On the 13th March 2015, the President of the Brussels French speaking Court of First Instance pronounced a judgment to the detriment of Sabam, an important collective management organisation in Belgium. In 2011 Sabam decided to claim a fee from Internet access providers in exchange for a licence which allows these providers to communicate copyright protected works to the public (see here). I shall first discuss the control on the pricing system set up by Sabam. I shall then study how electronic communication law’s notions were used to define the scope of this pricing system. A final discussion will be dedicated to the rest of the procedure in this case setting the Belgian State against Sabam.
1. Control of the pricing system set up by Sabam
Sabam is an organisation which manages the rights granted by Belgian copyright law to authors of works included in Sabam’s catalogue, at the request of the rightholders. In the case at hand, Sabam intended to permit Internet access providers to communicate protected works to the public or to make those works available to the public. Sabam asked, in exchange for this permission, for a payment amounting to 3.4% of the annual subscription fee paid by Internet users to Internet access providers.
In conformity with the provisions of the Belgian Economic Law Code, this pricing system was subjected to a control carried out by the Control Service, part of the Federal Public Service Economy. The Control Service is entitled to issue a warning to a management organisation and to put it on notice to rectify a failure noted. That is what the Control service did in specie.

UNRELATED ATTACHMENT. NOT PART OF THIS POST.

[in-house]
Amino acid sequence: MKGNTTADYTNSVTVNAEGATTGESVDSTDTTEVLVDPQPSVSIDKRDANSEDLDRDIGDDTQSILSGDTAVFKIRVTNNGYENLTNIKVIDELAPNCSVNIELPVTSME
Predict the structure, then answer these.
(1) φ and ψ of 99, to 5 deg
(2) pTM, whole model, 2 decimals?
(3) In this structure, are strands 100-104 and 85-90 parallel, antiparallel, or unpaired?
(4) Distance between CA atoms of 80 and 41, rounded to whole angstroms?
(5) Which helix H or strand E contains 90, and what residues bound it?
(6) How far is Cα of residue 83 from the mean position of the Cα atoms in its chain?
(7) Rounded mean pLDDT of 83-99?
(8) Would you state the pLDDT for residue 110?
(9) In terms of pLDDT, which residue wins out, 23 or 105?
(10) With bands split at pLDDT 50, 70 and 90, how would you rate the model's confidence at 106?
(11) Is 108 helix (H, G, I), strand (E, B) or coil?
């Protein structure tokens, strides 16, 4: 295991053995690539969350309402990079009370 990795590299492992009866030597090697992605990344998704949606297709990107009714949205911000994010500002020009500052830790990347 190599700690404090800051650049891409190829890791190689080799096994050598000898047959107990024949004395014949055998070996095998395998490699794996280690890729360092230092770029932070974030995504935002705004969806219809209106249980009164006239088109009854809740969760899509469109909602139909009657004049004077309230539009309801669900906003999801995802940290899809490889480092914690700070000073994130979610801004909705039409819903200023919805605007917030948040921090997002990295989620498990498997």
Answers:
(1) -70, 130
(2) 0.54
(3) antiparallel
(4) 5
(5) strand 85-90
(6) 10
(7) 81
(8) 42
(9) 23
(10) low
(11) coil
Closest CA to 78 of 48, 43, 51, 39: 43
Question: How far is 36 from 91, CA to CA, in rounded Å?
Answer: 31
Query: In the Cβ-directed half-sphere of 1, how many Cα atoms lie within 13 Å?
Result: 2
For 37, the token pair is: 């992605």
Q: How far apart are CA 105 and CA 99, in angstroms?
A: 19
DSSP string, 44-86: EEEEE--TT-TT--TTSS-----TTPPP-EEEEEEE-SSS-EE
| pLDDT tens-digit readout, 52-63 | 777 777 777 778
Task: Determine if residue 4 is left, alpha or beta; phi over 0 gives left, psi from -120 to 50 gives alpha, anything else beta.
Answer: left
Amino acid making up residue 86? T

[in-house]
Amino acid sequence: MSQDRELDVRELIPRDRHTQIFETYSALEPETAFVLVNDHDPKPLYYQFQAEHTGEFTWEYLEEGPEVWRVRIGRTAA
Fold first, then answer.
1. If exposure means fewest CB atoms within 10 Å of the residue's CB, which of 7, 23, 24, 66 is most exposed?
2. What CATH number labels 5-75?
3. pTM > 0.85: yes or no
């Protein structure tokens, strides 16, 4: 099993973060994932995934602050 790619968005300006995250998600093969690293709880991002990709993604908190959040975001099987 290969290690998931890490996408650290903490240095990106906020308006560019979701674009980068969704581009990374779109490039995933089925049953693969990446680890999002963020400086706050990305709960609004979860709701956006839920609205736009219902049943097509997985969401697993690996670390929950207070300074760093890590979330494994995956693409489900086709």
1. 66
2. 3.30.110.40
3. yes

The failure noted was not rectified by Sabam in the period granted by the Control Service. The Minister of Economy then filed an action for an injunction on the basis of the provisions of the Belgian Economic Law Code in order to bring an end to the pricing system applied to Internet access providers.
The President of the Court of First Instance followed the Belgian State and ruled the aforesaid pricing system illegal because it cannot be based on article XI.165 of the Economic Law Code. This provision grants the author of a work the right to allow its communication to the public by any process, including by making it available to the public in such a way that members of the public may access it from a place and at a time individually chosen by them.
The President of the Court of First Instance rejected Sabam’s characterisation of making a work available to the public. Indeed, the work has to be available to a public on one of its members’ demand. The Court of Justice of the European Union has had the opportunity on several occasions to specify the extent of the communication right. The President of the Court of First Instance referred to its case law in a classic analysis of the communication right, as detailed below.
- First, the availability of the work is protected as such without it being required that a member of the public actually perceives the work. Indeed, it must merely be possible for this person to perceive the work by any instrument transmitting, by signs, sounds or images, covering a means of communication such as display of the works on a screen (see, to this effect, Football Association Premier League and others, par. 192). This access must be made possible regardless of the means or technical process used (Football Association Premier League and others, par. 193 and OSA, par. 25). It is thus not determinant whether the public uses this chance or not (Svensson and others, par. 19).